Sunday, 27 October 2019

The Design Manual For Roads & Bridges Is Changing

The UK's design standards for trunk roads and motorways is changing, but there's no fanfare as the Design Manual for Roads & Bridges is rewritten.

It's not a document that I am expert in by any means, but it's essentially a design approach which (in theory) leads to consistent and legible designs which provide for safer roads. The Manual does recognise that there are people using these roads who are not driving - either in parallel or crossing and so if the requirements and advice were followed, I've no doubt that at least on the strategic road network, we'd have a similar standard to that of the Dutch where walking and cycling has to interact with large through roads.

The DMRB is a UK-wide document which covers roads managed by Highways England, the Welsh Government, Transport Scotland and the Department for Infrastructure in Northern Ireland). The Manual is set out into a number of volumes and within each one there are a number of documents setting out standards and giving advice. There are also Interim Advice Notes which cover emerging thinking in the time between the individual documents being rewritten.

The Manual's chapters cover an introduction, highway structures, geotechnics and drainage, assessment (traffic engineering, safety audit, walking & cycling), road geometry (layout, links, junctions etc), pavement design (the makeup of the roads), traffic signs and lighting, traffic control and communications, environmental design and assessment, and economics.

The Manual used to be commended to local authorities, but that's no longer the case, but nothing stops anyone using it as a reference and for a roads scheme not being promoted by one of the four owners of the Manual, it would be perfectly reasonable to use it for the same style of road. The Manual is pretty much not applicable to local roads and streets, although there are still useful pieces of advice such as highway structures management which tends to be locally adopted.

For walking and cycling (and in fact horse-riding), some of the terminology has changed. People have become used to Non Motorised Users (NMUs), they are now termed as WCHRs (walking, cycling and horse riding) which is probably just as clumsy given that it lumps people with varying needs together. For WCHR matters, there are some key documents which are concerned with the nuts and bolts of design;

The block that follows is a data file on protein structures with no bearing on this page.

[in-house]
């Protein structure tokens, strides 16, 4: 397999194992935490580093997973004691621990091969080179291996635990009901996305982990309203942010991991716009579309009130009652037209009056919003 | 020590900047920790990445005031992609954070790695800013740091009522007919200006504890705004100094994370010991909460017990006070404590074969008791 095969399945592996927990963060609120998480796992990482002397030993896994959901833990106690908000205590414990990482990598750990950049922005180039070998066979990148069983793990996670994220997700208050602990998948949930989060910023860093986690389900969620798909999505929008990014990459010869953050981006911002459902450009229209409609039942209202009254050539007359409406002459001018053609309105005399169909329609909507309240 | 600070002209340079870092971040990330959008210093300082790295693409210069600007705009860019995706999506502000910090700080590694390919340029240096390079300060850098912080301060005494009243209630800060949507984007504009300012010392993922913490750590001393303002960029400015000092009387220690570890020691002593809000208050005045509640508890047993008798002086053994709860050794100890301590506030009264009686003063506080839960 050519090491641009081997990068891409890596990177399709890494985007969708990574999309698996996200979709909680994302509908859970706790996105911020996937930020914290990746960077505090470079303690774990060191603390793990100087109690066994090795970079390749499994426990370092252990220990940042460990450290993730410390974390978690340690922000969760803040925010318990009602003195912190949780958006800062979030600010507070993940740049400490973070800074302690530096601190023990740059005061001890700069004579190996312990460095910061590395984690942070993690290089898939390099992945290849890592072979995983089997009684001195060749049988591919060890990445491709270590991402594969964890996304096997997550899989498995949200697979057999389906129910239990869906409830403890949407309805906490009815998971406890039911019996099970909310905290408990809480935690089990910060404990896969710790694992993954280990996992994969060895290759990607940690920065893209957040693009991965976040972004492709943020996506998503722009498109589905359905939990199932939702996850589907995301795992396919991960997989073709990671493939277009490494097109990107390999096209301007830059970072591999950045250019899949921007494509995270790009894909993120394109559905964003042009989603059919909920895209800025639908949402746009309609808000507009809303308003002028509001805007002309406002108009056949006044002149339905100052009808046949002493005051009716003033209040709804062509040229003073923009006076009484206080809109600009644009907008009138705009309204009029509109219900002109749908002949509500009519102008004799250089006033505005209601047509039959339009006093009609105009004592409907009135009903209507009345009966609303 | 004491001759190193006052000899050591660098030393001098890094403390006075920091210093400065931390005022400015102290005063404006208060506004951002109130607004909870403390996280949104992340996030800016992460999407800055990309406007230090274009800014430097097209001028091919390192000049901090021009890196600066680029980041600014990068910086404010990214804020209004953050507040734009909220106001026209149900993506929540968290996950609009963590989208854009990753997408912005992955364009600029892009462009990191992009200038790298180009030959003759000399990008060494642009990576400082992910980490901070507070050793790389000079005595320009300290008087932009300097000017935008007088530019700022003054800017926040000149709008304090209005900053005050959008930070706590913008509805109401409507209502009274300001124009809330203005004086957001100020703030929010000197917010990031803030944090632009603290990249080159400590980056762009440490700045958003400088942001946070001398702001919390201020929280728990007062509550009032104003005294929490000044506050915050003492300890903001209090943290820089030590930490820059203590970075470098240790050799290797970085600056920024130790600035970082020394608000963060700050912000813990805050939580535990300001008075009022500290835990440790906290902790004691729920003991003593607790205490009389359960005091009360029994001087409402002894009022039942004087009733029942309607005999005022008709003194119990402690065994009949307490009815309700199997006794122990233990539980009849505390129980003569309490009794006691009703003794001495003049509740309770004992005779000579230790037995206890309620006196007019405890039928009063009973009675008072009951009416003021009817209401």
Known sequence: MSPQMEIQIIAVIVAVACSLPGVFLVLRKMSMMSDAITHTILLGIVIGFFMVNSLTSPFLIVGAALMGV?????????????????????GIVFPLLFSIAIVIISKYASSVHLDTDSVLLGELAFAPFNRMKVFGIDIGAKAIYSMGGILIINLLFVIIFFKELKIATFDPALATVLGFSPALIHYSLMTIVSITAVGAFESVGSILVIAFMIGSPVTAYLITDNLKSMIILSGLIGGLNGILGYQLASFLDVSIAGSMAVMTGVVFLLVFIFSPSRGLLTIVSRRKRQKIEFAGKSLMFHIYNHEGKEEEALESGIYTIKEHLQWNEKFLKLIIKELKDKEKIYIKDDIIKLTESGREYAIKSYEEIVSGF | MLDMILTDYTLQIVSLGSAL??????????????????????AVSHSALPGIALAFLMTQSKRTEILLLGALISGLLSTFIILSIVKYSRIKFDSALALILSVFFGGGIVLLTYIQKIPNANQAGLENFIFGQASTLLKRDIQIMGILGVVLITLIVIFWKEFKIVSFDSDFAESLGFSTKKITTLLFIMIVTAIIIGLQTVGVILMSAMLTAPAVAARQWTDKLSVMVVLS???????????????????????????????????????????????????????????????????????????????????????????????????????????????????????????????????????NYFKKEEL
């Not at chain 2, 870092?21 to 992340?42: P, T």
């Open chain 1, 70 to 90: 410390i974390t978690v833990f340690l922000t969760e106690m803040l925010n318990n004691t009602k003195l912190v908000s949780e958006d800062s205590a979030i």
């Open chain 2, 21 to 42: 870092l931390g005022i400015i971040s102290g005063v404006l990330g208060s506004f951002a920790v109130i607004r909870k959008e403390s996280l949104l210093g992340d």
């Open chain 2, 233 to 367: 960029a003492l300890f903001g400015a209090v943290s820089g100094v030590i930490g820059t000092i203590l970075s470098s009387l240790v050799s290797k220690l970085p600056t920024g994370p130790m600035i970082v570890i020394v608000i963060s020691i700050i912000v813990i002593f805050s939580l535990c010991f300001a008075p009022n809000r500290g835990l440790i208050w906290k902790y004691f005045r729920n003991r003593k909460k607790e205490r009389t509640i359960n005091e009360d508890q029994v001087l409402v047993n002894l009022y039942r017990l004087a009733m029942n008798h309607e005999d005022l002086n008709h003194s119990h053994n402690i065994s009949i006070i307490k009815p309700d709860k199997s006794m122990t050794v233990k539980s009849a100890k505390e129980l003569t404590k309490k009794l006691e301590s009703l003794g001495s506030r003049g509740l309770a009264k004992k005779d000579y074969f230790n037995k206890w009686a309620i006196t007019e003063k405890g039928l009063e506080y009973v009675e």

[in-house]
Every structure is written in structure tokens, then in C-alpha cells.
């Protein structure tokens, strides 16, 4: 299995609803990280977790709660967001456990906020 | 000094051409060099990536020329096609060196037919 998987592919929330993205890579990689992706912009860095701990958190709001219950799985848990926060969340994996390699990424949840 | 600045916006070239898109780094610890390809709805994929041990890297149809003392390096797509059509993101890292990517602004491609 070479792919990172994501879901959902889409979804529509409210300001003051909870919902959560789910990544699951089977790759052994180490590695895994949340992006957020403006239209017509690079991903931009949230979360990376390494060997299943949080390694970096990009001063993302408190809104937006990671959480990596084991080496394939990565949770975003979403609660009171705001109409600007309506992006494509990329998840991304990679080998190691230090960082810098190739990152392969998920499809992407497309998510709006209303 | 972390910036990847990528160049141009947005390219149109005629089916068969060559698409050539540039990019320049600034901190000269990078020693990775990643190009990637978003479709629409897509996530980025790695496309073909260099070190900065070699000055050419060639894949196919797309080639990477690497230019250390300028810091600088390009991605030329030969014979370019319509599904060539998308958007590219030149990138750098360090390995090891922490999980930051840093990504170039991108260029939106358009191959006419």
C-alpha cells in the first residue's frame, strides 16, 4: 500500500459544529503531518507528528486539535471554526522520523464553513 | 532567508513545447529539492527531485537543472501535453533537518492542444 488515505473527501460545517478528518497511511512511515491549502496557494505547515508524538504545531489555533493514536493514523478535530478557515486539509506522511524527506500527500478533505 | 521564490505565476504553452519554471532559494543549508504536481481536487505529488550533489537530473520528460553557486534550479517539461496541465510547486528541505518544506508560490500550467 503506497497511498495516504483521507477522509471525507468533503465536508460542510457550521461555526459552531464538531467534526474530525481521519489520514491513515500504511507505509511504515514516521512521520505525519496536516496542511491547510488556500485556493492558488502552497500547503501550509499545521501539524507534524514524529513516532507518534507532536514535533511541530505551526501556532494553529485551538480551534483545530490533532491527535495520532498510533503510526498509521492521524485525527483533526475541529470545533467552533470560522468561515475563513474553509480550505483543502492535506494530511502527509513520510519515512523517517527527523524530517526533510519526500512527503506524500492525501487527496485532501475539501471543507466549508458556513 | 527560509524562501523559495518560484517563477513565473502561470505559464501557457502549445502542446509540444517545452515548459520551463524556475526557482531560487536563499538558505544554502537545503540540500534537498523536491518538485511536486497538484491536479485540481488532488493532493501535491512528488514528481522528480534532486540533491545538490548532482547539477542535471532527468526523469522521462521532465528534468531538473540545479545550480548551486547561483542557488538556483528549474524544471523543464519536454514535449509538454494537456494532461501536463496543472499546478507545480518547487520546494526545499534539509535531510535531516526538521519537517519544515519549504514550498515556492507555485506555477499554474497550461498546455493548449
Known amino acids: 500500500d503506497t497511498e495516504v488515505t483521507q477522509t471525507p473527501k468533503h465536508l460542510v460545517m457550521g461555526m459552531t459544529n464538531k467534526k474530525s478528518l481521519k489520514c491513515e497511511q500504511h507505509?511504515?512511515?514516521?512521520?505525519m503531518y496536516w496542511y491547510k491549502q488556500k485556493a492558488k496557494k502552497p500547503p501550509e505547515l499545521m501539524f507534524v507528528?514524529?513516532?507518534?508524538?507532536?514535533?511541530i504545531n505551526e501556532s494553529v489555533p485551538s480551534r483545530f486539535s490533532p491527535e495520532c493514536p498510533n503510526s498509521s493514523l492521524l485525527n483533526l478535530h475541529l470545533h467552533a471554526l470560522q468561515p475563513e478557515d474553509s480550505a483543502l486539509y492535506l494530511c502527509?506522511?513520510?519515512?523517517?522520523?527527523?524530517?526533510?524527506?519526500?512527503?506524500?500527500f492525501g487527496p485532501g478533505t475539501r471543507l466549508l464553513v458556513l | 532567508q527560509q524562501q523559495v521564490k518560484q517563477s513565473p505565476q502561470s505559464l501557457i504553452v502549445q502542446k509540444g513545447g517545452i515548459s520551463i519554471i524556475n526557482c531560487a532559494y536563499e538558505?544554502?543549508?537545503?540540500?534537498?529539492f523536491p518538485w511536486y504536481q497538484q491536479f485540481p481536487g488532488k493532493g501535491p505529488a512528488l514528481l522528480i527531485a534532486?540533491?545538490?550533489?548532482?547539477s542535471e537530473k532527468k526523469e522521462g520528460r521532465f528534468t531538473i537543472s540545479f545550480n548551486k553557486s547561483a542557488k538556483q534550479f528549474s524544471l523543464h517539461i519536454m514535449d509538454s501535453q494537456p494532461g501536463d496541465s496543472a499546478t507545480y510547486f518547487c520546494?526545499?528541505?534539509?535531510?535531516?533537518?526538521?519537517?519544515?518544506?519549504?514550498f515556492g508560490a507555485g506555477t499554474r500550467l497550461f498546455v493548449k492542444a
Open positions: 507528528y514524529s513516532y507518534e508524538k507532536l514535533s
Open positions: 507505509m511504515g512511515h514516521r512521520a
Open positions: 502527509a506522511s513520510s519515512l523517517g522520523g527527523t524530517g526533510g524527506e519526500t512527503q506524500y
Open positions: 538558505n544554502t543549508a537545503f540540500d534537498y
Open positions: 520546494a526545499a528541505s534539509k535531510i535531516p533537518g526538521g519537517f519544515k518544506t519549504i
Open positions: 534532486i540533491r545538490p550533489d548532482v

• TA91/05 - Provision for non-motorised users*
  • HD42/17 - Walking, cycling and horse riding assessment and review*
  • GG119 - Road safety audit
  • CD116 - Geometric design of roundabout
  • TA86/03 - Layout of large signal controlled junctions*
  • TD36/93 - Subways for pedestrians and pedal cyclists*
  • CD195 - Designing for cycle traffic
  • TA87/04 - Traffic calming on trunk roads*
  • TA90/06 - Geometric design of pedestrian, cycle & equestrian routes*
  • CD239 - Footway and cycleway pavement design
CD195 - Designing for cycle traffic

The documents I have marked with a '*' are in the old format and so I expect them to be updated or absorbed into others in the future - the whole thing is being reviewed as reported in Highways Magazine earlier this year. There are inconsistencies and contradictions, so having everything updated (and easier to update going forward) will be very helpful.

With the old format, the letters and number had a meaning. For example TD36/93 was about traffic control (T), a design document (D) and published in 1993. The '36' was just a document reference. The new system drops the publication year as the current version will be digital at the main website. The new format has five digits with the first two relating to where the document is stored in the overall structure and the three numbers are allocated by the policy group dealing with the particular document - most people won't need to worry about this of course!

Because the Manual takes time to be changed, there will be schemes which use older documents for a while, especially those which are already underway in the design phase because of a "design fix" which draws a line from where design work starts. However, as new schemes come forward, they will be using the newest documents. For those campaigning for change out there, it is a slow thing to change direction, but it's good to know what designers are working to in order to hold decision makers to account.

In the next few weeks, I'll take a look at some of the documents to give a more detailed flavour on what they are all about.

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